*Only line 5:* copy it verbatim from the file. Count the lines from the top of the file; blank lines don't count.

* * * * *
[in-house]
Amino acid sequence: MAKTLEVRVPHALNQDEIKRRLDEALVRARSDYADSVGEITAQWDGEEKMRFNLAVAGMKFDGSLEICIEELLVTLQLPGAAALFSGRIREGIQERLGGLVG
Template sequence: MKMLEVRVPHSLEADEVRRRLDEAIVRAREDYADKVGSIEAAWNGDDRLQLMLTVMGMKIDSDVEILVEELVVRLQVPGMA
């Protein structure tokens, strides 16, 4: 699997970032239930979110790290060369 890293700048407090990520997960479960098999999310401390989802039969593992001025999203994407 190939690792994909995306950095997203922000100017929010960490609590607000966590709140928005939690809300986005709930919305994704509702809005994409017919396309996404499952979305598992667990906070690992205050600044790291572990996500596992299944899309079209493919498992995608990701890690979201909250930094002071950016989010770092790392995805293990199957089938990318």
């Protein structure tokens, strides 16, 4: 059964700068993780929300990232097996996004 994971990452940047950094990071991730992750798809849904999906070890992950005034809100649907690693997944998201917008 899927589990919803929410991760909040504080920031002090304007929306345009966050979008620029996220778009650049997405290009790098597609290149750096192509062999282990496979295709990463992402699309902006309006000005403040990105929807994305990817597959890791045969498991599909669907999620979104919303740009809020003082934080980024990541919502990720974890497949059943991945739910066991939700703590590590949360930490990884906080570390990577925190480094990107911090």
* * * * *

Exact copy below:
């Protein structure tokens, strides 16, 4: 059964700068993780929300990232097996996004 994971990452940047950094990071991730992750798809849904999906070890992950005034809100649907690693997944998201917008 899927589990919803929410991760909040504080920031002090304007929306345009966050979008620029996220778009650049997405290009790098597609290149750096192509062999282990496979295709990463992402699309902006309006000005403040990105929807994305990817597959890791045969498991599909669907999620979104919303740009809020003082934080980024990541919502990720974890497949059943991945739910066991939700703590590590949360930490990884906080570390990577925190480094990107911090």